Last Market Watch it was noted that rental supply and housing stress issues will flare and we have certainly seen this in the community to an extreme extent. An influx of wealthy out-of-towners has pushed out local potential buyers, as well as causing the market to become fraught and move at lightning speed. Michael shares a few tips in the video that may help when navigating rapids of buying in the shire.

Market Watch – September

2020-08-27 05:18

The Byron market is still in hyperdrive. Especially small rural acreages close to the coast. The new post-COVID work-from-home ethos and the flight from the cities looks to be more than just a passing trend. We have had other surges like this, but this one is probably the most extreme. Bangalow was the location with the second-highest search request in realestate.com.au last month.

No New Listings

We are at the start of a classic supply and demand squeeze. Byron Shire averages around 450 listings at any one time, currently, we are only seeing listings around 250. We have high demand from new buyers but very few locals are wanting to go anywhere.  I do not see this trend changing in the near future – at least till well after COVID-19 pandemic is behind us.

Price Rises Expected

The first price rise surge I experienced like this was in the early 2000s. The recent period of strong growth was between 2014 and then peaked in late 2017 before pulling back a bit. The median house price almost doubled then from $900k to $1,600,000 in postcode 2481. Shire-wide was just as intense, with a 72% increase in just 5 years from an average price of $530,000 in 2014 to $910,000 in 2018. There was also a post-GFC bump around 2010/11 but this has nothing compared to these other two.

The attached chart shows the unprecedented price surge that Byron Bay 2481 had between 2014 to 2017. Since then there has been a downturn but price increases should be expected for the last half of this year due to the increase in demand and the decrease in new stock.

Dark Clouds

Some media is still predicting a collapse in property prices still to come. The federal government stimulus package is to be ceased or wound back in September. This may have an impact on built-up medium density areas in the cities but will be minimal here.

There are definitely some forced sales happening and I have seen a couple already.  We will not be immune from forced downsizing, finance, and liquidity issues. But generally, the Byron area is mainly inhabited by owner-occupiers who are holding very little debt. I recently heard a loan manager from one of the major banks complaining of not experiencing any higher demand as very few new buyers are in need of a mortgage.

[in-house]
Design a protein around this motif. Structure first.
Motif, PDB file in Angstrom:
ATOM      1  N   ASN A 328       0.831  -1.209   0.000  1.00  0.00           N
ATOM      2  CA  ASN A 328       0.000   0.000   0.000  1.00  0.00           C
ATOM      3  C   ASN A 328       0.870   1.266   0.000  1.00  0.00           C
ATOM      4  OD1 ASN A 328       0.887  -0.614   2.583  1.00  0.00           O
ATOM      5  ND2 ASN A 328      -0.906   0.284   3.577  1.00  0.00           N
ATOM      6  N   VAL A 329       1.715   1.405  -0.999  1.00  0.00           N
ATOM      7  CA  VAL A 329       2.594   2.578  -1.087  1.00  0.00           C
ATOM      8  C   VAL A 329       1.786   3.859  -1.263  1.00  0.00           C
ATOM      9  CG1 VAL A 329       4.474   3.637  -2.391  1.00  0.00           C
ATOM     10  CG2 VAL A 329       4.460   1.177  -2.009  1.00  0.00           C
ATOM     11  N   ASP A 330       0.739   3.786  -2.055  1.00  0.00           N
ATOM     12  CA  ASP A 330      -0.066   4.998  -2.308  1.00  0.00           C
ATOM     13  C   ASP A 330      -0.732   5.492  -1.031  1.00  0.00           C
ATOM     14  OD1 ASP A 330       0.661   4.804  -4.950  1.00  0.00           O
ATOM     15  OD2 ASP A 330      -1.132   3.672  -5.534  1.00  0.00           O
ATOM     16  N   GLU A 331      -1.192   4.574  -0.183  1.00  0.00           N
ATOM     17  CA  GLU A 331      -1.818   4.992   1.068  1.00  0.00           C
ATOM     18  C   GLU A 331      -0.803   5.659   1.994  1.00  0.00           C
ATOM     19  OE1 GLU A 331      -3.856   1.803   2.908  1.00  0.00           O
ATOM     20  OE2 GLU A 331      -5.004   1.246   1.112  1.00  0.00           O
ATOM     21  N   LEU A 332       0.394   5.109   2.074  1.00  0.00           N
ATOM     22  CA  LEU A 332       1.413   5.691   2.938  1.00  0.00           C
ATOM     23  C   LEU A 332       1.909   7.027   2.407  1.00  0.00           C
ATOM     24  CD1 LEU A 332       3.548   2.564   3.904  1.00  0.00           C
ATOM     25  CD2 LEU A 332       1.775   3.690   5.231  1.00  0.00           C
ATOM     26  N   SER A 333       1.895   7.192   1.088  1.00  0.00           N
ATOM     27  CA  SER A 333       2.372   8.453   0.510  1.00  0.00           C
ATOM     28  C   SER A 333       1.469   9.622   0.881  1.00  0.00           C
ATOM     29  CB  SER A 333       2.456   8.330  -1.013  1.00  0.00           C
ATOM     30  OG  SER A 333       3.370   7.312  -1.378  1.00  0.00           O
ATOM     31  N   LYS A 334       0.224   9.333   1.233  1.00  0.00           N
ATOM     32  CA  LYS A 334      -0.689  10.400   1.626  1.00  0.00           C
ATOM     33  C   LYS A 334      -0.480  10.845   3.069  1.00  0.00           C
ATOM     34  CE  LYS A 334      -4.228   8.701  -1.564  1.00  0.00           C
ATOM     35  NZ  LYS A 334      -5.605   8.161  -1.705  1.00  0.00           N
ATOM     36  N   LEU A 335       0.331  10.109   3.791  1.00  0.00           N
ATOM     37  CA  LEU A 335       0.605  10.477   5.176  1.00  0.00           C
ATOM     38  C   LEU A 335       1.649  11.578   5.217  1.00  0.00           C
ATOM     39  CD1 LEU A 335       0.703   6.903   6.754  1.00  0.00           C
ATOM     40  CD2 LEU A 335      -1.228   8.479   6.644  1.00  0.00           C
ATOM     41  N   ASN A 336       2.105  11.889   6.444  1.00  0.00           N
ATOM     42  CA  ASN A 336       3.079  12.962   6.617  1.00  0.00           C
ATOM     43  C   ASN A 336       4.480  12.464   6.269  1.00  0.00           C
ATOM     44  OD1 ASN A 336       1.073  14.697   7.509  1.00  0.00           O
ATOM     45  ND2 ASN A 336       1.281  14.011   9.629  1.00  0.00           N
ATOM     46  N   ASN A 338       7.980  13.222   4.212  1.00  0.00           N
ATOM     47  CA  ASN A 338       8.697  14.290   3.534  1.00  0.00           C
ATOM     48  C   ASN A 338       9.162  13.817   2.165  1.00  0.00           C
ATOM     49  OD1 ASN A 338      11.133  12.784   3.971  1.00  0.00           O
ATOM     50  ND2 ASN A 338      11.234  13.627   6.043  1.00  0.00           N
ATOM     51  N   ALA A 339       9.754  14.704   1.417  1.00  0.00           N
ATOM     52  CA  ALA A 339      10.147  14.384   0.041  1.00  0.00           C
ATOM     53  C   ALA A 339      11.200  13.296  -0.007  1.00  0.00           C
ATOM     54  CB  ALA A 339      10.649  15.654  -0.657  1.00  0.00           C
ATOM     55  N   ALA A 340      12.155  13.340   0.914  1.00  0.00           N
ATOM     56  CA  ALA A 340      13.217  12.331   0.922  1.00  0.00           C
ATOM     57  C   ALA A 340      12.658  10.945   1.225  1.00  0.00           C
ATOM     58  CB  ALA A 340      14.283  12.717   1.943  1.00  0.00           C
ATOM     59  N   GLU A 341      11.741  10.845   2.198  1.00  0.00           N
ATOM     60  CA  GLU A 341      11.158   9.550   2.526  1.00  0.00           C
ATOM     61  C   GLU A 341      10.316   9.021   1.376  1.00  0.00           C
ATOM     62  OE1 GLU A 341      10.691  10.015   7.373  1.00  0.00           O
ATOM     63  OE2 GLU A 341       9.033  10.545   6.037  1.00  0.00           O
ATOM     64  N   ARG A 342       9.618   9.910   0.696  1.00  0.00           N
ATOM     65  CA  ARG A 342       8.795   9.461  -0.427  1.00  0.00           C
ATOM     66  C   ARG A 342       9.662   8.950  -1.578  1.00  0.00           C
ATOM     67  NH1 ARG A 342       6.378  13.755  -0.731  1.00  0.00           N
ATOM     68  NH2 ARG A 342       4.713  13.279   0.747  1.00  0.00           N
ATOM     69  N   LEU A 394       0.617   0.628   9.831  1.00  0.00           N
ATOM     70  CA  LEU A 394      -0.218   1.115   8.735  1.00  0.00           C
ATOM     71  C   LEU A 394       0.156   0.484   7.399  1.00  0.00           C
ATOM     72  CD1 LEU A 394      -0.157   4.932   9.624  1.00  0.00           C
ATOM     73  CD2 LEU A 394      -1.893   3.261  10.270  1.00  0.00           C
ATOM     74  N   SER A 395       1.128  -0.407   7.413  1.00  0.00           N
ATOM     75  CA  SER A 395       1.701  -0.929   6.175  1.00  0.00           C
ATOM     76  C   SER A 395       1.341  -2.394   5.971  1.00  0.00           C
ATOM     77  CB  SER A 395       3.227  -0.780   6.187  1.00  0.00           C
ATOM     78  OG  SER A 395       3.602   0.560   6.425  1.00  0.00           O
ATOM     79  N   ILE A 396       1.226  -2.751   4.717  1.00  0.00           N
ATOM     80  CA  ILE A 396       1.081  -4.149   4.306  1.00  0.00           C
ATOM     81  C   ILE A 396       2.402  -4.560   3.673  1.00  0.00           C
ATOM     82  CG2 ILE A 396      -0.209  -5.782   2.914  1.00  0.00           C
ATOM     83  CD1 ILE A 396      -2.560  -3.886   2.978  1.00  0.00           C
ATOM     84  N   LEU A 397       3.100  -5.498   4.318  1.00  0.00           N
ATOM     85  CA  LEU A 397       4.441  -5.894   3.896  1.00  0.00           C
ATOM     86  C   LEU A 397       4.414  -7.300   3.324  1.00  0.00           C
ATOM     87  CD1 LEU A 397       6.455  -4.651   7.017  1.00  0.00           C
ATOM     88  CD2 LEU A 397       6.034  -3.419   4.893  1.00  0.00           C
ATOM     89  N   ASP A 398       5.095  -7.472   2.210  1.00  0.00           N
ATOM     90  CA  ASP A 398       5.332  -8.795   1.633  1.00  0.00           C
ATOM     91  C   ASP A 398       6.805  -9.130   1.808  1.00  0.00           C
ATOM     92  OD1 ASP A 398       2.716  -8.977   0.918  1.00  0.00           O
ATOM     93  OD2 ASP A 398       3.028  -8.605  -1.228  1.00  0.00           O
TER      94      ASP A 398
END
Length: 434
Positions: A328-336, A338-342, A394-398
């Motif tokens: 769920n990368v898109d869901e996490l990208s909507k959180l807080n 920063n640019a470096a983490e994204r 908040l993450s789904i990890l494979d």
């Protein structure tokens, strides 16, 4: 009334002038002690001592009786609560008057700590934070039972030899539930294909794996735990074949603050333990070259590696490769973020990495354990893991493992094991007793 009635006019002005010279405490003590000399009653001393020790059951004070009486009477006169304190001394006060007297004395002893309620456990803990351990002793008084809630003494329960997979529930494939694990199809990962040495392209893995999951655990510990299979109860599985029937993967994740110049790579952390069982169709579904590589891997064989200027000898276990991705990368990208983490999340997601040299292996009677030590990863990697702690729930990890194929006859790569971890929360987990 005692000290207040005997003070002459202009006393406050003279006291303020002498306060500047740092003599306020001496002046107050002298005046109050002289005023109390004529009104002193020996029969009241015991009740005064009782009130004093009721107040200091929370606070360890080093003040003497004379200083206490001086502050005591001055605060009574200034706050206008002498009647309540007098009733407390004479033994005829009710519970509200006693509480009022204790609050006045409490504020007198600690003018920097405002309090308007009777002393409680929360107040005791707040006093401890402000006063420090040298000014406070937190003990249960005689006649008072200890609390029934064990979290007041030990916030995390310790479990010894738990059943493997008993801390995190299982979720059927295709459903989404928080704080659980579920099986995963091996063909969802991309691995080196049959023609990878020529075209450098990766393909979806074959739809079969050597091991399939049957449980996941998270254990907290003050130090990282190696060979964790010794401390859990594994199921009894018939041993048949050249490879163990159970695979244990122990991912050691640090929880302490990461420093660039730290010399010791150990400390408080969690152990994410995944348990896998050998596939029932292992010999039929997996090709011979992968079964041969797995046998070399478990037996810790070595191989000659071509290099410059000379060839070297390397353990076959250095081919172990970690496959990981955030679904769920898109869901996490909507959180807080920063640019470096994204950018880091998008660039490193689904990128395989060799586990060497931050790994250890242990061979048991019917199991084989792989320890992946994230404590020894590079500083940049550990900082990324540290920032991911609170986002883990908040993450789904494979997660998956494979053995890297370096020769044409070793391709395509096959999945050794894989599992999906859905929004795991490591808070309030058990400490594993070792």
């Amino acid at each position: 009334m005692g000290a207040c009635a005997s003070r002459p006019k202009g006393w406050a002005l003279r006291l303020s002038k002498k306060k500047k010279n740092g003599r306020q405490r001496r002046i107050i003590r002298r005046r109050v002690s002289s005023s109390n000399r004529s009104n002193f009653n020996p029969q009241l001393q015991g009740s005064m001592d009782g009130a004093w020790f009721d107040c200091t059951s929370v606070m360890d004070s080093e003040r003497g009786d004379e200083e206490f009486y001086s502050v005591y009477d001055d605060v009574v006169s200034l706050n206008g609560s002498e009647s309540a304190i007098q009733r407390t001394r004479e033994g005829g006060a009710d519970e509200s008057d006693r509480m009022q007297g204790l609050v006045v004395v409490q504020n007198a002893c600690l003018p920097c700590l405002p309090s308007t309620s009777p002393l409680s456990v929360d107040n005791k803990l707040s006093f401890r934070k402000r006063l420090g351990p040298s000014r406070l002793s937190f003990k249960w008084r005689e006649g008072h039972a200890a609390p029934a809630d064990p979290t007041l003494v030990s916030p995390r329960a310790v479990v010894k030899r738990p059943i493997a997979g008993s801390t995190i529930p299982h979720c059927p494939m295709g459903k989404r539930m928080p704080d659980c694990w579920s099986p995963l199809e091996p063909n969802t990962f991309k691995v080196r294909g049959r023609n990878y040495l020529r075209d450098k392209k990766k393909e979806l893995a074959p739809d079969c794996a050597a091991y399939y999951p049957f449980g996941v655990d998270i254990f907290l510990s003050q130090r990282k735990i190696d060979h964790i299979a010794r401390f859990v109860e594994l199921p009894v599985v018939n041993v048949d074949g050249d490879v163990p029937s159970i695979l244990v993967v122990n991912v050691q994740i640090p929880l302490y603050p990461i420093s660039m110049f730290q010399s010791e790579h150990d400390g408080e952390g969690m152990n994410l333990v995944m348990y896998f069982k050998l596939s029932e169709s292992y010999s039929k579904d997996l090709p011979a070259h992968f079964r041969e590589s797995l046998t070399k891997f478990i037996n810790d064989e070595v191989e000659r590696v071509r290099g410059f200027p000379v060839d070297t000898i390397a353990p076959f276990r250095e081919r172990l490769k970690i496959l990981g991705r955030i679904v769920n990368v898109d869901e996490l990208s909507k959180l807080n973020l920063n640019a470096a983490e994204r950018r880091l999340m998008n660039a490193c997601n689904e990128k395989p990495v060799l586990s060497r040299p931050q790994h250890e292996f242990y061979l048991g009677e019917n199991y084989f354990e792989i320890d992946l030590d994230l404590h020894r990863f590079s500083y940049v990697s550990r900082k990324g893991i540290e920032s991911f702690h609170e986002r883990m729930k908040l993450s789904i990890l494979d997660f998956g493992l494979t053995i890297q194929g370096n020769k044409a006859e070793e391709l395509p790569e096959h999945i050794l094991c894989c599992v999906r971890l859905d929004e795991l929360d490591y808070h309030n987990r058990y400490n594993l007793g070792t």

Immigration Numbers

Continuous growth in immigration has been one reason why Australia has grown and maintained one of the highest real estate prices in the world.  The large influx of immigration since the early 2000s has not been met with an equal increase in housing supply. This article linked below goes into detail on this topic and is well worth reading for anyone with an interest in this subject.

Local Concerns

As always, Byron will continue experiencing increasing issues with rental supply and housing stress. If this current market upturn is anything like the last one, Byron median house price will go stratospheric. Byron Council’s tinkering on the edges with Airbnb restrictions and the Granny Flat Moratorium will not put a dent in the side of our current undersupply of dwellings.

Housing Diversity

Most of us wish to keep a diverse, multi-textured community that also incorporates artists, musicians, surfers, and navel-gazers.  This is part of what makes living here so fabulous! It will be an issue for our community if the property and rental prices rise too high then we become a monoculture. The other problem we have is a lack of housing diversity. Please read the next article – ALTERNATIVE HOUSING MODELS – to get more information on what housing diversity looks like.

Read more at Property Observer

  1. Michael’s December edition of Market Watch. Every 6 months Micheal brings you insider information on the real estate market in Byron Bay and surrounds. Michael Murray has been a Byron local for 35 years and property buyer’s agent for over 20 years. He has deep local knowledge of our property market and what is happening in our specific region and not just the national trends.